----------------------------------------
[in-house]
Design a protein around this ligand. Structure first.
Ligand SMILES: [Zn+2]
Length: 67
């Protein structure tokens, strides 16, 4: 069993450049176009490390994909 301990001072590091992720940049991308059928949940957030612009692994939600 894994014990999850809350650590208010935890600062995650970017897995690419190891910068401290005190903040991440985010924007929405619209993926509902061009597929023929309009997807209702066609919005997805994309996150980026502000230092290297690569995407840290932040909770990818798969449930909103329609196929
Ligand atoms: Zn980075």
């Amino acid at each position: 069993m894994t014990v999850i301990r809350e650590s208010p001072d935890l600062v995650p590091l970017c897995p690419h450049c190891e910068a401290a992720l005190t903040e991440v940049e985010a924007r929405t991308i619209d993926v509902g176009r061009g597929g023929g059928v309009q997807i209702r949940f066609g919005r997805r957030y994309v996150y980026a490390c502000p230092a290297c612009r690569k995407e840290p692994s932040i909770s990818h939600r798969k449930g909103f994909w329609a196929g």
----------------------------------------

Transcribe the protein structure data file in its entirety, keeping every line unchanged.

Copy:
[in-house]
Design a protein around this ligand. Structure first.
Ligand SMILES: [Zn+2]
Length: 67
């Protein structure tokens, strides 16, 4: 069993450049176009490390994909 301990001072590091992720940049991308059928949940957030612009692994939600 894994014990999850809350650590208010935890600062995650970017897995690419190891910068401290005190903040991440985010924007929405619209993926509902061009597929023929309009997807209702066609919005997805994309996150980026502000230092290297690569995407840290932040909770990818798969449930909103329609196929
Ligand atoms: Zn980075």
């Amino acid at each position: 069993m894994t014990v999850i301990r809350e650590s208010p001072d935890l600062v995650p590091l970017c897995p690419h450049c190891e910068a401290a992720l005190t903040e991440v940049e985010a924007r929405t991308i619209d993926v509902g176009r061009g597929g023929g059928v309009q997807i209702r949940f066609g919005r997805r957030y994309v996150y980026a490390c502000p230092a290297c612009r690569k995407e840290p692994s932040i909770s990818h939600r798969k449930g909103f994909w329609a196929g």